Anticipatory Grief can also be a good thing. I’m not a silver lining kind of guy. Dr. VanFleet doesn’t seem to be the Pollyanna type either. But, I had to wonder. If Anticipatory grief is so common (normal, in fact) does it serve a purpose? It turns out the answer is yes. Certainly it can prepare us for the loss. Don’t mistake that for getting it all out of your system (sorry, grief don’t work that way). Anticipatory Grief can, however, help us get ready for what life will be like without our dog. This is especially true if we are talking about a service dog or even an emotional support dog. In my case Juno was a dog I’d built a business with. She was my co-worker as much as a friend. Stewie is too.
“Think about what that animal has meant to you.” That’s Dr. Van Fleet’s advice. But, do it now while he’s still alive. “Don’t save it for later.” Maybe the greatest gift of Anticipatory Grief is this. Even while it’s casting us into the future of our dogs death, it’s also pulling us right back into the present moment. Because our dog is still with us. And, we are right here with him. Right now. “This is not a eulogy or an obituary. She is still alive. Under the desk, just inches away….” That’s the first line of a blog piece I wrote months before Juno died. I called it For Juno, but really it’s the best gift I ever gave myself. I was grieving a future that was yet to come. And I was so present with her, because every moment mattered that much more. That’s the gift of this oddly intense early grief.
Risë VanFleet specializes in Animal Assisted Play Therapy®. Her dog Kirrie has been her partner in that work for the better part of 16 years. Kirrie is dying. It’s cancer. Months remain. Maybe weeks. They don’t know. In younger years Kirrie would sometimes disturb VanFleet while she was working, a simple ask for attention, a ball in her mouth and a plaintive look. “I’d say just a minute.” VanFleet tells the story like she’s told it before, like she loves telling it because Kirrie is her favorite subject. “I’d say it two or three times, putting her off, until I finally thought ‘is this the relationship I want to have?'” It was years ago but it feels like she’s asking again. Asking herself. Asking Kirrie. “Now I only say ‘just a minute once.’ Then I stop what I’m doing and spend a little time with her.”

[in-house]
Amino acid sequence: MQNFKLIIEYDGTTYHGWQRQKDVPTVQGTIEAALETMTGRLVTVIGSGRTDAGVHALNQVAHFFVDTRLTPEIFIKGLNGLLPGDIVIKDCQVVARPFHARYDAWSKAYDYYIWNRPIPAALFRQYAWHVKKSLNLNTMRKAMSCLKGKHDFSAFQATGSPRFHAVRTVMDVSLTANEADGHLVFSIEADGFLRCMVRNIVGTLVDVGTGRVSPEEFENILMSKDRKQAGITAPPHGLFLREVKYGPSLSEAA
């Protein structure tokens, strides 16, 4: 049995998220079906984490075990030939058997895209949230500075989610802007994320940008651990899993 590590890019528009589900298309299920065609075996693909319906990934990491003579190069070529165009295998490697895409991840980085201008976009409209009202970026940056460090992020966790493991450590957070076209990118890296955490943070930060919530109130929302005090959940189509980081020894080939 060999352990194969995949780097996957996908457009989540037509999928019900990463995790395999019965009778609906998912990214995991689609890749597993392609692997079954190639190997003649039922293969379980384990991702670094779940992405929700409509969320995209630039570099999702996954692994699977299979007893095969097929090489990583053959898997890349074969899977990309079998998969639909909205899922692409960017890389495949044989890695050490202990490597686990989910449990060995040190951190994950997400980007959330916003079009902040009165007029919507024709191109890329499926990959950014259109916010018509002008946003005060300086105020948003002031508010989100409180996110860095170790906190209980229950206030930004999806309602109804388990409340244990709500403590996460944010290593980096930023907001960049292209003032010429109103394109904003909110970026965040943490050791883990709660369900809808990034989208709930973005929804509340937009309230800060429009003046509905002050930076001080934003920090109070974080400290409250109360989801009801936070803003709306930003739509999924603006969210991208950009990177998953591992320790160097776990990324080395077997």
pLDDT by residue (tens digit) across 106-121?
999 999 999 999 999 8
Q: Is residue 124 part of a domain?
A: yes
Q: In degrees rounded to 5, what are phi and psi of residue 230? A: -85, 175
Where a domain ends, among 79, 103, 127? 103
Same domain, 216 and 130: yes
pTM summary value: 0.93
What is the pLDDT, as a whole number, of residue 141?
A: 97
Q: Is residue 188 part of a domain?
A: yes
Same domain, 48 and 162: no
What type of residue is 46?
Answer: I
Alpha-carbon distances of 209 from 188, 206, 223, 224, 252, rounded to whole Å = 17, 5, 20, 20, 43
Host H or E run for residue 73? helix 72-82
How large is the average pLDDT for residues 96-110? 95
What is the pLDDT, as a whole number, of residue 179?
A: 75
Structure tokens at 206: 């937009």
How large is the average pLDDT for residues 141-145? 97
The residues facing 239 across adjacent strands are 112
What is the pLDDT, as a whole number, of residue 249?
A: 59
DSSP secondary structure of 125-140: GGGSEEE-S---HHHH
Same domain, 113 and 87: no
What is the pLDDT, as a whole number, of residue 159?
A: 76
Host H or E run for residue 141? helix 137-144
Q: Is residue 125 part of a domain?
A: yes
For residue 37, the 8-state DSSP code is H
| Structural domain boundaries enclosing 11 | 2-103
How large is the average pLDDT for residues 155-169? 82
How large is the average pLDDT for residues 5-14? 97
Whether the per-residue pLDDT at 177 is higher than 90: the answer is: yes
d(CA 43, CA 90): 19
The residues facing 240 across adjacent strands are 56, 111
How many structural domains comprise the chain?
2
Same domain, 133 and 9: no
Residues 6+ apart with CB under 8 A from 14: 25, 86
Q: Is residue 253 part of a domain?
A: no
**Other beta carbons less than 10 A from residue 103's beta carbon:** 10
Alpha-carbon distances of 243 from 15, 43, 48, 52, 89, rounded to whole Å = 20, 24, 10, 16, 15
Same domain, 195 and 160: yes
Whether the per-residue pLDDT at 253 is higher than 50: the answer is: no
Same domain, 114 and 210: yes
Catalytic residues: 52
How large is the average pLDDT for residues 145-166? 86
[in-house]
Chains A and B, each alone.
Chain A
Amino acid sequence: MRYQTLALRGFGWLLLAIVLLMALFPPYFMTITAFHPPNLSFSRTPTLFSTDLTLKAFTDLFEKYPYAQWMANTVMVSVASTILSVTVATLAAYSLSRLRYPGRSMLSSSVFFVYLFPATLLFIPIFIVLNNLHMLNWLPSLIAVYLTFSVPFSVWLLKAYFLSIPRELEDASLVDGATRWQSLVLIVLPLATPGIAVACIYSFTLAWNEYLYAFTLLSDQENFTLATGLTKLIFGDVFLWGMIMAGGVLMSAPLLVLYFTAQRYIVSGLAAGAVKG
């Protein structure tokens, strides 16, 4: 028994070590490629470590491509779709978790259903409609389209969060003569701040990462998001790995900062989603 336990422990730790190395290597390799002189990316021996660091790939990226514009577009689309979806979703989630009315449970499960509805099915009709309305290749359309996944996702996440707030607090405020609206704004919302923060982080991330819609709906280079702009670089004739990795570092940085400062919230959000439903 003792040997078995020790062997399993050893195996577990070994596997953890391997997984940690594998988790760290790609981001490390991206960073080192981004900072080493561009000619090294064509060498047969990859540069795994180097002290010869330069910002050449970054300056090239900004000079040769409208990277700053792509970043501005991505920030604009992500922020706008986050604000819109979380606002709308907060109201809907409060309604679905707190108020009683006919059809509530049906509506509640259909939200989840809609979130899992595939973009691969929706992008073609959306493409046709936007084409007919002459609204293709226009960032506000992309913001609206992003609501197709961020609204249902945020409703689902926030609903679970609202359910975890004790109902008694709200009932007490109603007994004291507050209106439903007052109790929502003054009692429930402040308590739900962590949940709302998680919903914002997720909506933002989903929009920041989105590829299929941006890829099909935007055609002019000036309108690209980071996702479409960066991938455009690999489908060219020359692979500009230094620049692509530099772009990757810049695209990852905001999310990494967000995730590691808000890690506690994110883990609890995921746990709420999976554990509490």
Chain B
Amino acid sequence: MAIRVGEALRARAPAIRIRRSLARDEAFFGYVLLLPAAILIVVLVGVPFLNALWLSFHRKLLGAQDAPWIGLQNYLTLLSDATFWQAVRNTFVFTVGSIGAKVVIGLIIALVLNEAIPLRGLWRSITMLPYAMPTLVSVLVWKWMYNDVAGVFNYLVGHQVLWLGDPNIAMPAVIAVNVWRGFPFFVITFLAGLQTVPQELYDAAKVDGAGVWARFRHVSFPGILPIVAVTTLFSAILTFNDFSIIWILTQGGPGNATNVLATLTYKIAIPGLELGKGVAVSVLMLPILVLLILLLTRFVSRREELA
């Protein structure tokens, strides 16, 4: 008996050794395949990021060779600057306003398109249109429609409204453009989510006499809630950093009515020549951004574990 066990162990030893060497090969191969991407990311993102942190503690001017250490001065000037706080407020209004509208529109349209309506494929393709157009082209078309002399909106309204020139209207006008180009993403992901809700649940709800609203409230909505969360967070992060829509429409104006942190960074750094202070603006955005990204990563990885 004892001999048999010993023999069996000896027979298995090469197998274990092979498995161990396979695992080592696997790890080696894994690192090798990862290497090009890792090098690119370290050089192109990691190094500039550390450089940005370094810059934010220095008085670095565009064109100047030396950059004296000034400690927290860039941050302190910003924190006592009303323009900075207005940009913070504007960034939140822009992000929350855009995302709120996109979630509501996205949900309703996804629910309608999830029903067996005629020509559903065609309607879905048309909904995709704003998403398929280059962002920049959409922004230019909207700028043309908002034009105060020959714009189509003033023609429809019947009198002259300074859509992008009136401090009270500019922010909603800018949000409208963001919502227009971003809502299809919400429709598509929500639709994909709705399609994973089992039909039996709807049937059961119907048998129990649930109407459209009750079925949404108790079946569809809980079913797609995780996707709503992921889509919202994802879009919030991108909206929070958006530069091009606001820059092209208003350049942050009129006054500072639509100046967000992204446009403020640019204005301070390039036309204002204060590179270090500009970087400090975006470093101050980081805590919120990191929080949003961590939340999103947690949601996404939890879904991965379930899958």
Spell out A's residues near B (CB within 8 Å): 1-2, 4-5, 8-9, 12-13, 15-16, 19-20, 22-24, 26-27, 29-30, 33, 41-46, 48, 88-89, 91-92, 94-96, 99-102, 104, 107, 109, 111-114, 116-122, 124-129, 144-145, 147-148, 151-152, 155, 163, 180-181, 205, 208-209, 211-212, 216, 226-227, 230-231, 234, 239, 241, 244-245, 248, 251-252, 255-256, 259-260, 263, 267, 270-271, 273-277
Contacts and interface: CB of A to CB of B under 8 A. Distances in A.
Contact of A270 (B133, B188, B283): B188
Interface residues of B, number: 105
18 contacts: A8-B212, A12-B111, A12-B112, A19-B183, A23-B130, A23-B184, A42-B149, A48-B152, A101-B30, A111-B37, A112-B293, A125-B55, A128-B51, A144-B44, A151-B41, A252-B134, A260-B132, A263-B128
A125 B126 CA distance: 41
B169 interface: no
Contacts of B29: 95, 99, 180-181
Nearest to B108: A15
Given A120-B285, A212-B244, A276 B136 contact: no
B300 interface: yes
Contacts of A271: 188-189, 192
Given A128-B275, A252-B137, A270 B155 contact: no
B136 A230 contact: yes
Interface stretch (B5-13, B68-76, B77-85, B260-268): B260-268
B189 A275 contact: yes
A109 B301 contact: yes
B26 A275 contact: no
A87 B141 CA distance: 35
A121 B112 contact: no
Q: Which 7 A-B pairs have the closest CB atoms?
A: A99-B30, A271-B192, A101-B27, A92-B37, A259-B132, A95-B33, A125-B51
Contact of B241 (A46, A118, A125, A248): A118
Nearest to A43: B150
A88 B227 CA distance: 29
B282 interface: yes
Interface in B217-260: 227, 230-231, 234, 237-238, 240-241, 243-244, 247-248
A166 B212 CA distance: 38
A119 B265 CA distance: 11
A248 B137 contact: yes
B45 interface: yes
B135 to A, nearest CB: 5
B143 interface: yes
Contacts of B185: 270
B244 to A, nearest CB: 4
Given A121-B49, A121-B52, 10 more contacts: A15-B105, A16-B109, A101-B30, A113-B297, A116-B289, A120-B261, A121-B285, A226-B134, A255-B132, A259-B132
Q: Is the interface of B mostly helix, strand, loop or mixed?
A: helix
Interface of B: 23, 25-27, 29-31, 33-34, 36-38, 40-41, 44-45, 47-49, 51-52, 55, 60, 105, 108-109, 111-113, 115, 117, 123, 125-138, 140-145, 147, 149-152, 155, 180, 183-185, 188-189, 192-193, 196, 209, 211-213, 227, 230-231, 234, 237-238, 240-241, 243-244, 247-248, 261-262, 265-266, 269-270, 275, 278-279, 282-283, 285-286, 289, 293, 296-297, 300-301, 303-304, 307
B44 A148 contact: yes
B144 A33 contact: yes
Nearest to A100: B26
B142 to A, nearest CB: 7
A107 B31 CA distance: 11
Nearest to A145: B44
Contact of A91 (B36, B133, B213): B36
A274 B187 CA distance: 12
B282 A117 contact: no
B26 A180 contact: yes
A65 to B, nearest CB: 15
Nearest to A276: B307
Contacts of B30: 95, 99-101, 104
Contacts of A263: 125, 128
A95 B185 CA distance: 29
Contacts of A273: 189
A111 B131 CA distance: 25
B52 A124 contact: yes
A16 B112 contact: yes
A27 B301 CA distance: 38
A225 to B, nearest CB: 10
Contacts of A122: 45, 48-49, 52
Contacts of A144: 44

Time. We measure it in years or months or weeks. But we tell it in moments. Moments with our dogs. This moment, the one we have now, the one we will hold on to when we can’t hold our dogs anymore. “We still have them.” Dr. VanFleet interrupts my wandering thoughts. We do still have them. For now. Right now.
“He’s growing old.” Tim says again, one more time, more quietly. Stewie rests his head and curls his front legs in that melt-your-heart way he has about him. Tim quiets and the tears stop. I watch for a moment, these two, pressed one to the other, breathing in the same rhythm.
Michael Baugh teaches dog training in Houston, TX. He and Tim live with two dogs, Stewie (13) and Stella (10). For more photos of Stella and Stewie visit www.facebook.com/michaelsdogs. To learn more about Dr. VanFleet’s work and see more photos of her dogs visit her professional facebook page.